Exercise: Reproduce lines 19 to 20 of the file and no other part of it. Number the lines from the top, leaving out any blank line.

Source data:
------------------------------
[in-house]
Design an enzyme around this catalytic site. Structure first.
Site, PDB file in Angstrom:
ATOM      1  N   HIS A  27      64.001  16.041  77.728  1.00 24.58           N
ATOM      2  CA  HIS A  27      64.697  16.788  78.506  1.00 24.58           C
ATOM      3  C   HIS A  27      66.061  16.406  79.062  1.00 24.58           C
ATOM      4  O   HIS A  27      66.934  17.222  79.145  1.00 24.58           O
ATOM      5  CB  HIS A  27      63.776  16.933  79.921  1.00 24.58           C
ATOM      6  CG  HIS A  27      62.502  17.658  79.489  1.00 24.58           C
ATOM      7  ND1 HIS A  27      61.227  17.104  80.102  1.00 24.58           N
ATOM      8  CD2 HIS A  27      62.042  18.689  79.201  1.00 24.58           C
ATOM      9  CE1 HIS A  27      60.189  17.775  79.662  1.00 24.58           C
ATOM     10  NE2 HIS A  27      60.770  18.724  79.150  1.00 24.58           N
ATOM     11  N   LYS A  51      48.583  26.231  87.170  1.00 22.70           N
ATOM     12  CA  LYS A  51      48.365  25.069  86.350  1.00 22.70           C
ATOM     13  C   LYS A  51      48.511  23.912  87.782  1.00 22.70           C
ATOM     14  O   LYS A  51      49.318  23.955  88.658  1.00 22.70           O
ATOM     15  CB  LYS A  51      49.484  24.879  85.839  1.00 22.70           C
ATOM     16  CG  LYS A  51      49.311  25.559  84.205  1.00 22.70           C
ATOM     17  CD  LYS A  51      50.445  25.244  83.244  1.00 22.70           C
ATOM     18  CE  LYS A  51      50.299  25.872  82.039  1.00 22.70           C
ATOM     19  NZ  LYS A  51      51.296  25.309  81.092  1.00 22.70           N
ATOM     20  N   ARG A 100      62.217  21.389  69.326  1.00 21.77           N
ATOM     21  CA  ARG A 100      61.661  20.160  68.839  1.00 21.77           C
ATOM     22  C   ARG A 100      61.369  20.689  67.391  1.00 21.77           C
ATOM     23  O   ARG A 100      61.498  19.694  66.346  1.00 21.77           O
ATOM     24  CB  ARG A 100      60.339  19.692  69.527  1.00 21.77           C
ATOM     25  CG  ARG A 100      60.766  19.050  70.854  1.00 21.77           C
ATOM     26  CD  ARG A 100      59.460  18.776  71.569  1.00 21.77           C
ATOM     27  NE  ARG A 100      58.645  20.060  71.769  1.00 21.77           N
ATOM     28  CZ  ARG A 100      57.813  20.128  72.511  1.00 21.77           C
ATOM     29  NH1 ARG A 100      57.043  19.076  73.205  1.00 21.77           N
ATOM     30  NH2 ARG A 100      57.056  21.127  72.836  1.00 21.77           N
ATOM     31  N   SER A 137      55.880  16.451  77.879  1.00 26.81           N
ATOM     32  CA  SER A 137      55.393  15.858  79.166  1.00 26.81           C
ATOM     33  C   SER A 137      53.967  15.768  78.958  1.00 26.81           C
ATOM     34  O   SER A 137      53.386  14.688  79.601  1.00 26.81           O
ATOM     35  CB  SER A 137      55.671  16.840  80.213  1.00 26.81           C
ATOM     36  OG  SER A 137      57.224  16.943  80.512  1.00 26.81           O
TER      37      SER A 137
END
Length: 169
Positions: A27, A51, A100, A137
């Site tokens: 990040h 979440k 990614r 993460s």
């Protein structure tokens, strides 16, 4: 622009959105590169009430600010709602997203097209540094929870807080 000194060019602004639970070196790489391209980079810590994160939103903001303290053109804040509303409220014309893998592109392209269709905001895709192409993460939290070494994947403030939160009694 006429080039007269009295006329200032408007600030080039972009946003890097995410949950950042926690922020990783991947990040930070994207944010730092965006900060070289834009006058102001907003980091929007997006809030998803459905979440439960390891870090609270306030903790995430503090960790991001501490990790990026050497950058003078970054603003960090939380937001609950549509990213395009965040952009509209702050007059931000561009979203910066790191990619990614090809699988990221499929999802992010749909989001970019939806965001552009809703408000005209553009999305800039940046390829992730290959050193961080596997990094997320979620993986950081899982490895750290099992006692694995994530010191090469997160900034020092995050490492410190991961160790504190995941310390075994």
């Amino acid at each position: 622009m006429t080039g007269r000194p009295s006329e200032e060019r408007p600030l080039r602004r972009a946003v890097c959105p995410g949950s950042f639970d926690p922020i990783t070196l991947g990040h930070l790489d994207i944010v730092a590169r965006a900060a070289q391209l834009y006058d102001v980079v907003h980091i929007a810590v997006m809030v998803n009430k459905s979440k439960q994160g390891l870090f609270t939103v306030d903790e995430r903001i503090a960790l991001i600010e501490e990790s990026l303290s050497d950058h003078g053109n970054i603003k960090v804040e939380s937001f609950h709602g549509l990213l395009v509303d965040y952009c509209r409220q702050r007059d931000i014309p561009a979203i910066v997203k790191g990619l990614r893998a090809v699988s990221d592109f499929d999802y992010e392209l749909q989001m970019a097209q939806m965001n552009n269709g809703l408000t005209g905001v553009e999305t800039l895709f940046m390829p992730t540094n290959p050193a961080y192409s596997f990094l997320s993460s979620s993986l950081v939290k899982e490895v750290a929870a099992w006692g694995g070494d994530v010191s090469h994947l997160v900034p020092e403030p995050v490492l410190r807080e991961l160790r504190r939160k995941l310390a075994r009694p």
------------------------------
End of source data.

ATOM     16  CG  LYS A  51      49.311  25.559  84.205  1.00 22.70           C
ATOM     17  CD  LYS A  51      50.445  25.244  83.244  1.00 22.70           C